Placozoa is an enigmatic phylum of simple, microscopic, marine metazoans1,2. Although intracellular bacteria have been found in all members of this phylum, almost nothing is known about their identity, location and interactions with their host3,4,5,6. We used metagenomic and metatranscriptomic sequencing of single host individuals, plus metaproteomic and imaging analyses, to show that the placozoan Trichoplax sp. H2 lives in symbiosis with two intracellular bacteria. One symbiont forms an undescribed genus in the Midichloriaceae (Rickettsiales)7,8 and has a genomic repertoire similar to that of rickettsial parasites9,10, but does not seem to express key genes for energy parasitism. Correlative image analyses and three-dimensional electron tomography revealed that this symbiont resides in the rough endoplasmic reticulum of its host’s internal fibre cells. The second symbiont belongs to the Margulisbacteria, a phylum without cultured representatives and not known to form intracellular associations11,12,13. This symbiont lives in the ventral epithelial cells of Trichoplax, probably metabolizes algal lipids digested by its host and has the capacity to supplement the placozoan’s nutrition. Our study shows that one of the simplest animals has evolved highly specific and intimate associations with symbiotic, intracellular bacteria and highlights that symbioses can provide access to otherwise elusive microbial dark matter.
Placozoa are marine invertebrates at the base of the animal tree and are considered among the simplest animals known. These millimetre-sized benthic animals can be easily cultured and are considered key models for understanding metazoan evolution, developmental biology and tissue formation1,14,15,16. Electron microscopy studies as early as in the 1970s revealed the presence of intracellular bacteria in these animals3,4,5,6. Remarkably, nearly five decades later, only very little is known about the biology of these symbionts and their interactions with their hosts.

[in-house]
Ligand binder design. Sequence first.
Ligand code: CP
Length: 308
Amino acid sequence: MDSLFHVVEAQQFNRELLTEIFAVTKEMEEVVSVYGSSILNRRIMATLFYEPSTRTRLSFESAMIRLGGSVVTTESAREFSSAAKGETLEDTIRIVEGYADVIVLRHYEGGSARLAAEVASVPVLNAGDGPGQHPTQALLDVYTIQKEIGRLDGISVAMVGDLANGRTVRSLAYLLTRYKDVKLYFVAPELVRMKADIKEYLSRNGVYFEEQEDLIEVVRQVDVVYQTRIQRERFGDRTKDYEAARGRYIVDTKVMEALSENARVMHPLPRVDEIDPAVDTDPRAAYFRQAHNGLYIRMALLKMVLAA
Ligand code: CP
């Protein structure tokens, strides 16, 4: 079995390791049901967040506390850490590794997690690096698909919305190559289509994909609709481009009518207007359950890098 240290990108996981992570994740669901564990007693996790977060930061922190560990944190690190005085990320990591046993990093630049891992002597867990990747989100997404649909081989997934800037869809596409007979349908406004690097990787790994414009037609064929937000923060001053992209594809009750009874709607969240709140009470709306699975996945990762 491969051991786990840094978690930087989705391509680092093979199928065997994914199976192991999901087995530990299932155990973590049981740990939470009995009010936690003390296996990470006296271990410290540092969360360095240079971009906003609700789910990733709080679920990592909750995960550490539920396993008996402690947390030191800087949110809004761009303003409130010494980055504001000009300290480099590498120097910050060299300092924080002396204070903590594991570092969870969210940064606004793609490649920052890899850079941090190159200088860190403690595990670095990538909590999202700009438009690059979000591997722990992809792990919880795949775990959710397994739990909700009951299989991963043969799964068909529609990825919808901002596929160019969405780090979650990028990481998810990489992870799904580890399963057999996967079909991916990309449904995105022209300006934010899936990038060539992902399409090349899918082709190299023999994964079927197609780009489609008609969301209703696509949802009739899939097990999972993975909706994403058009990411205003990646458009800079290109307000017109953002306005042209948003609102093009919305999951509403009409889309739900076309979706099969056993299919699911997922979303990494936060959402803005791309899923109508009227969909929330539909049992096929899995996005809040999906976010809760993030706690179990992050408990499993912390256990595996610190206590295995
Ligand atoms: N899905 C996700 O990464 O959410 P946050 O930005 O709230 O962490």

The phylum Placozoa encompasses 19 cryptic species, on the basis of mitochondrial haplotypes2,6. These benthic animals do not have a mouth or gut and feed on algae and bacterial biofilms by external digestion and subsequent uptake via their ventral epithelium17,18. All placozoans have three cell layers and six morphologically differentiated cell types3,6,19,20. The thick ventral epidermis consists of ciliated epithelial cells in which glandular and lipophilic cells are irregularly interspersed17,18. Ciliated epithelial cells make up the thin dorsal epidermis in which crystal cells occasionally occur. An internal meshwork of fibre cells, sandwiched between the two epidermal layers, connects the ventral and dorsal body walls20. Intracellular symbionts were first described in these fibre cells3,5,20. The bacteria were present in all seven haplotypes examined, independent of sampling site or time, and were hypothesized to reside in the lumen of the rough endoplasmic reticulum (rER)3,5,6,20. Persistent and stable residence of a bacterium in the rER of a host would be remarkable as the vast majority of intracellular symbionts live in the cytoplasm or vacuoles, and the few known exceptions inhabit the nucleus or mitochondria21,22,23.
In this study, we focused on the Trichoplax sp. haplotype H2 (Trichoplax H2), previously reported to host two bacterial morphotypes5. Sequencing of placozoan genomes consistently yielded rickettsial and other bacterial sequences6,24,25. However, as thousands of host individuals were pooled for these analyses, it was neither clear whether these bacterial sequences originated from contaminants or symbionts nor whether they were present in all host individuals. Our recent advances in high-throughput sequencing of single placozoan individuals, together with correlative imaging analyses and three-dimensional (3D) reconstruction, allowed us to explore the patterns, structure and function of the placozoan symbiosis at the individual and cellular level.
The Trichoplax H2 microbiome is dominated by two bacterial symbionts. We isolated a placozoan H2 haplotype lineage from a seawater tank at the Kewalo Marine Laboratory, University of Hawai’i (Supplementary Fig. 1). To characterize the microbiome of this Trichoplax H2, we combined highly sensitive DNA and RNA extraction and library preparation protocols to sequence the metagenomes and metatranscriptomes of microscopic single individuals that have an estimated biovolume of 0.02 µl and from which we could isolate 0.5 to 4 ng of nucleic acids (n = 5). All five individuals had similar microbial communities based on 16S ribosomal RNA (rRNA) gene reads, but only two taxa were consistently dominant in all five host individuals (Supplementary Fig. 2 and Supplementary Table 1).